Drums typically refer to 55 gallon containers that ship and store various types of raw materials and chemicals including dry goods, liquids, and solvents. Plastic drums, usually made of polyethylene, are used for caustic and acidic materials while paperboard drums often hold raw food goods.
Metal drums are most commonly used for storing hazardous waste and other volatile or flammable substances, including petroleum, oils and alcohol.
OSHA mandates that any drum holding hazardous material must display a hazard warning label at all times until the drum is emptied and removed of any contamination.
Unlabeled drums can lead to hazardous environmental spills may contaminate groundwater and surface water. They also produce a threat of exposure for industrial personnel who come into contact with the unmarked drums.
Although OSHA requires drum labeling, it does not specify what the labels must look like. It only states that labels need to be legible and prominently displayed on the container, with information about the material inside and appropriate hazard warnings.
NFPA diamond and Color Bar right-to-know (RTK) labels are used by many facilities in need of compliant hazard labeling, both of which are available from DuraLabel for the DuraLabel PRO line of printers. Neither format is specifically required, but they both utilize a numeric scale for identifying hazard labels that is well-established and systemized to better assist employee training.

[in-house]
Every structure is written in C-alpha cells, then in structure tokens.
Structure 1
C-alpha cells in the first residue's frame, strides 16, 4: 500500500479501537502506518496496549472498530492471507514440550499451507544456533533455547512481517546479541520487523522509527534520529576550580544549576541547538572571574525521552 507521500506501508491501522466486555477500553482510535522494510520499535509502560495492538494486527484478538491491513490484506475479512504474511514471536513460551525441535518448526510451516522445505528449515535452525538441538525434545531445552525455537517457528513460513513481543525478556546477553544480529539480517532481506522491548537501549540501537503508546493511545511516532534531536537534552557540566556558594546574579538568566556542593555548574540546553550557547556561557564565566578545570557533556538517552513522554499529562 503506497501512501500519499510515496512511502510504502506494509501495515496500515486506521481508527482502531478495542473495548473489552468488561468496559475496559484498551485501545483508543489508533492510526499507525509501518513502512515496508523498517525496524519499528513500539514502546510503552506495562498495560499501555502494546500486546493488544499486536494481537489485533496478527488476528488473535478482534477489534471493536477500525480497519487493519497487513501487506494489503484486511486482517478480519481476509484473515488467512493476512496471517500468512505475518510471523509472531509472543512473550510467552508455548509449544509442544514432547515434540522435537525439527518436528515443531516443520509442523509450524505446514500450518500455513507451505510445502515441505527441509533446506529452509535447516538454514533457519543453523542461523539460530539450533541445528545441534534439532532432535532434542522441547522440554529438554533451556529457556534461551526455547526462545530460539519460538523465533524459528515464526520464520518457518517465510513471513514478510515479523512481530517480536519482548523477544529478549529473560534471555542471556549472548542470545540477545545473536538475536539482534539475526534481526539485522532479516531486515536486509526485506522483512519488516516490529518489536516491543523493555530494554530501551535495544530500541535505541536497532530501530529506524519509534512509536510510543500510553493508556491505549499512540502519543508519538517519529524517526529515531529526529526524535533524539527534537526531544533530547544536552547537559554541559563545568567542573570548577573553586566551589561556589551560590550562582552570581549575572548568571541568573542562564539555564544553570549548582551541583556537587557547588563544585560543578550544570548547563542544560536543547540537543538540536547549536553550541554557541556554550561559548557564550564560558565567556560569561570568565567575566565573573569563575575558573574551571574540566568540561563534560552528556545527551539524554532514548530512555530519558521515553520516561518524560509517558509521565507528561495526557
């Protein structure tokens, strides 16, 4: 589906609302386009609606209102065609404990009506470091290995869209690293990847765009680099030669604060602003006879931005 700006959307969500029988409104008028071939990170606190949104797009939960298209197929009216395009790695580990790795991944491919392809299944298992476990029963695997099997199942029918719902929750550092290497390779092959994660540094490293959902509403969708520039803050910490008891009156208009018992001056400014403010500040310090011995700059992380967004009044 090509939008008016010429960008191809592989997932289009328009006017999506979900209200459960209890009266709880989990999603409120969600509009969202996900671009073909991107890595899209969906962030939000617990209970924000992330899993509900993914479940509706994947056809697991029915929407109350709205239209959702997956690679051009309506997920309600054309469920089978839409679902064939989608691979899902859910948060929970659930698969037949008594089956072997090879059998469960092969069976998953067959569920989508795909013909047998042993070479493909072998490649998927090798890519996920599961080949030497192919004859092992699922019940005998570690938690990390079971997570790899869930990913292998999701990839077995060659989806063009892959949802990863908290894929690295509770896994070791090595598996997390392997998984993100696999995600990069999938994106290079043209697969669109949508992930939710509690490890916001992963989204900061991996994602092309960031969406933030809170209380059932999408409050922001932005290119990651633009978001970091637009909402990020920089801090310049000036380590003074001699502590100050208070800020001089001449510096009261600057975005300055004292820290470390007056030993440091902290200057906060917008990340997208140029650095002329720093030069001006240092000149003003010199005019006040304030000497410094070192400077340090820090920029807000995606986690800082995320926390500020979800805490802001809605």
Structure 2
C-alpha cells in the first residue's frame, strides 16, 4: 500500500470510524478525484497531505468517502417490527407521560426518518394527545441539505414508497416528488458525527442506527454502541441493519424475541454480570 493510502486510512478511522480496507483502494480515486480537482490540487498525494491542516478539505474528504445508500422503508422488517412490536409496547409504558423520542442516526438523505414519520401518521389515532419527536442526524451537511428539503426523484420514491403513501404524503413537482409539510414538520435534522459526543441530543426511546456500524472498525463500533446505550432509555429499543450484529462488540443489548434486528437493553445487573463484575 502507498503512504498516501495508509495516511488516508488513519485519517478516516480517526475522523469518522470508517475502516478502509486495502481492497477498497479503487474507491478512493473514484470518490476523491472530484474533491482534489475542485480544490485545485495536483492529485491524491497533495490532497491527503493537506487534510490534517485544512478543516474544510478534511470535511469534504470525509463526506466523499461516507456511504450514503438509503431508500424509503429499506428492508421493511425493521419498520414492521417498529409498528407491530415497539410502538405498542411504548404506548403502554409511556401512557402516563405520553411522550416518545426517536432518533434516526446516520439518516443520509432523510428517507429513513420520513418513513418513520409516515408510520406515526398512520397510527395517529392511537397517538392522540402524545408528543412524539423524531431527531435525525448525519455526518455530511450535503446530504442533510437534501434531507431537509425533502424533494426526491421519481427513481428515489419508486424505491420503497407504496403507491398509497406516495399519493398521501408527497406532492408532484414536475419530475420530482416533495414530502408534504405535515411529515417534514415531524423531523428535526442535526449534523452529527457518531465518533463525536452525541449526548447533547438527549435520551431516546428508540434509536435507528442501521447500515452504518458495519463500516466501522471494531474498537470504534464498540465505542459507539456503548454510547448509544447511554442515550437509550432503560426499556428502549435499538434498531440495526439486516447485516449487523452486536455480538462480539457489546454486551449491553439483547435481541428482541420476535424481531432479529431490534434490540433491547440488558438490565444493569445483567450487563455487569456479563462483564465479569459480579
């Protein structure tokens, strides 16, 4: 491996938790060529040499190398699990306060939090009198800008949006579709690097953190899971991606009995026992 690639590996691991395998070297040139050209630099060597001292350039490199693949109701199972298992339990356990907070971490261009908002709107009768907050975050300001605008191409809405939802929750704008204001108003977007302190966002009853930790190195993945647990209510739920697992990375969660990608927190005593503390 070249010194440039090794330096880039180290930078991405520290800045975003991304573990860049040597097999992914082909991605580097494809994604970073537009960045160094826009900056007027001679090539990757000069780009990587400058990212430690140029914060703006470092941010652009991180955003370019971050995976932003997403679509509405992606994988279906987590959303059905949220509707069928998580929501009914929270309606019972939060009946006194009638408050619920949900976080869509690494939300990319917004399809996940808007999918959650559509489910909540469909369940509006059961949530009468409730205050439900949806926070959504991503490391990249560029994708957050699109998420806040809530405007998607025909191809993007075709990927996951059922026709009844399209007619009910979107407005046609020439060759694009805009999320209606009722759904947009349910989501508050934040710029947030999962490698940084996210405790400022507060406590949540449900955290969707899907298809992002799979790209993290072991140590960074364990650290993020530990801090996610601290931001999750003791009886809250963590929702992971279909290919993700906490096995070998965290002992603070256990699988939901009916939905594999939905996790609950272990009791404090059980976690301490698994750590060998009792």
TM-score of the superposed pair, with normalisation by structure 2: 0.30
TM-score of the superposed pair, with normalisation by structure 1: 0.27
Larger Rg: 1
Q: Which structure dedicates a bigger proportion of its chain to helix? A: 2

Super-Size RTK Labels
DuraLabel offers 7" x 10.5" RTK labels to provide maximum visibility for your drum labeling. These Super Size labels are not available for any printers except the DuraLabel 7000 and DuraLabel 9000. At nearly double the size of standard 4" x 6" labels, employees can note the hazards of drum contents from further away, preventing their exposure to the hazard.
Other types of supplies are also available for making non-RTK drum labels.
The Department of Transportation requires that chemical shippers place labels on drums that identify hazards of the content. OSHA states that DOT's requirements may be combined with right-to-know data to produce one fully-compliant drum label.